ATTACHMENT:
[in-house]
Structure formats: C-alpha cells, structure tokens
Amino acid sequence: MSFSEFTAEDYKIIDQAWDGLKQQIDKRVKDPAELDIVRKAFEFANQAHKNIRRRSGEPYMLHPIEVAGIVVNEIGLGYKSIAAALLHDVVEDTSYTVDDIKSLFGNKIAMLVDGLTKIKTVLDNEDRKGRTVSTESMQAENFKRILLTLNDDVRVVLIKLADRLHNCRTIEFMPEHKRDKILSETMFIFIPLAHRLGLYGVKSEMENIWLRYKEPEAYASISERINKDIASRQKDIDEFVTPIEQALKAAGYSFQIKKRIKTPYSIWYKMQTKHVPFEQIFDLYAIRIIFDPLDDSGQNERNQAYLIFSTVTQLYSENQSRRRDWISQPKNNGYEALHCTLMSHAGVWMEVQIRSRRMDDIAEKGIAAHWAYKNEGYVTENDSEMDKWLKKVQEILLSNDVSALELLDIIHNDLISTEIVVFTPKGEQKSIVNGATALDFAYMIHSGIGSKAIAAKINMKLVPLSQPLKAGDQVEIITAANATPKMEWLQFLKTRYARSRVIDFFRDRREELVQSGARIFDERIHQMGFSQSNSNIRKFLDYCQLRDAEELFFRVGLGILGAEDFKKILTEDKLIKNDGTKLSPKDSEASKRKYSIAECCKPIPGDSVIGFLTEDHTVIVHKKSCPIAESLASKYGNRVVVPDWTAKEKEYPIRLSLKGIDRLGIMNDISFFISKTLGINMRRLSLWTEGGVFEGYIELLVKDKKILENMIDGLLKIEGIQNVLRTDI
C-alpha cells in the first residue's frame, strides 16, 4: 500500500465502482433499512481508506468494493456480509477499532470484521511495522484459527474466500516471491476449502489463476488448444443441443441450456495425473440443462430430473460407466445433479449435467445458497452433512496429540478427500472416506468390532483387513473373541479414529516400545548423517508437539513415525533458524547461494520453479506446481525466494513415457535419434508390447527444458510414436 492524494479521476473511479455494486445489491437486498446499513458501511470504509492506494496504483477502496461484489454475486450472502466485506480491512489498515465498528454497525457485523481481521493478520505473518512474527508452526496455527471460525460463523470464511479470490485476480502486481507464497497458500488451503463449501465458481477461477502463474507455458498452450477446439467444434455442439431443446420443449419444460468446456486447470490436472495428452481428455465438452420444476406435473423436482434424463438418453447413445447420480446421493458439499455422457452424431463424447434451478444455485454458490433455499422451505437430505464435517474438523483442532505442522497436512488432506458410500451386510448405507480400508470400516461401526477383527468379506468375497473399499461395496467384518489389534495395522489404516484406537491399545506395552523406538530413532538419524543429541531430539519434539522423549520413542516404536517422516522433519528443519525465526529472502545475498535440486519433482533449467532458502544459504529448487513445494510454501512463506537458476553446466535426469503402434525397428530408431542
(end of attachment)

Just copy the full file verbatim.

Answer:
[in-house]
Structure formats: C-alpha cells, structure tokens
Amino acid sequence: MSFSEFTAEDYKIIDQAWDGLKQQIDKRVKDPAELDIVRKAFEFANQAHKNIRRRSGEPYMLHPIEVAGIVVNEIGLGYKSIAAALLHDVVEDTSYTVDDIKSLFGNKIAMLVDGLTKIKTVLDNEDRKGRTVSTESMQAENFKRILLTLNDDVRVVLIKLADRLHNCRTIEFMPEHKRDKILSETMFIFIPLAHRLGLYGVKSEMENIWLRYKEPEAYASISERINKDIASRQKDIDEFVTPIEQALKAAGYSFQIKKRIKTPYSIWYKMQTKHVPFEQIFDLYAIRIIFDPLDDSGQNERNQAYLIFSTVTQLYSENQSRRRDWISQPKNNGYEALHCTLMSHAGVWMEVQIRSRRMDDIAEKGIAAHWAYKNEGYVTENDSEMDKWLKKVQEILLSNDVSALELLDIIHNDLISTEIVVFTPKGEQKSIVNGATALDFAYMIHSGIGSKAIAAKINMKLVPLSQPLKAGDQVEIITAANATPKMEWLQFLKTRYARSRVIDFFRDRREELVQSGARIFDERIHQMGFSQSNSNIRKFLDYCQLRDAEELFFRVGLGILGAEDFKKILTEDKLIKNDGTKLSPKDSEASKRKYSIAECCKPIPGDSVIGFLTEDHTVIVHKKSCPIAESLASKYGNRVVVPDWTAKEKEYPIRLSLKGIDRLGIMNDISFFISKTLGINMRRLSLWTEGGVFEGYIELLVKDKKILENMIDGLLKIEGIQNVLRTDI
C-alpha cells in the first residue's frame, strides 16, 4: 500500500465502482433499512481508506468494493456480509477499532470484521511495522484459527474466500516471491476449502489463476488448444443441443441450456495425473440443462430430473460407466445433479449435467445458497452433512496429540478427500472416506468390532483387513473373541479414529516400545548423517508437539513415525533458524547461494520453479506446481525466494513415457535419434508390447527444458510414436 492524494479521476473511479455494486445489491437486498446499513458501511470504509492506494496504483477502496461484489454475486450472502466485506480491512489498515465498528454497525457485523481481521493478520505473518512474527508452526496455527471460525460463523470464511479470490485476480502486481507464497497458500488451503463449501465458481477461477502463474507455458498452450477446439467444434455442439431443446420443449419444460468446456486447470490436472495428452481428455465438452420444476406435473423436482434424463438418453447413445447420480446421493458439499455422457452424431463424447434451478444455485454458490433455499422451505437430505464435517474438523483442532505442522497436512488432506458410500451386510448405507480400508470400516461401526477383527468379506468375497473399499461395496467384518489389534495395522489404516484406537491399545506395552523406538530413532538419524543429541531430539519434539522423549520413542516404536517422516522433519528443519525465526529472502545475498535440486519433482533449467532458502544459504529448487513445494510454501512463506537458476553446466535426469503402434525397428530408431542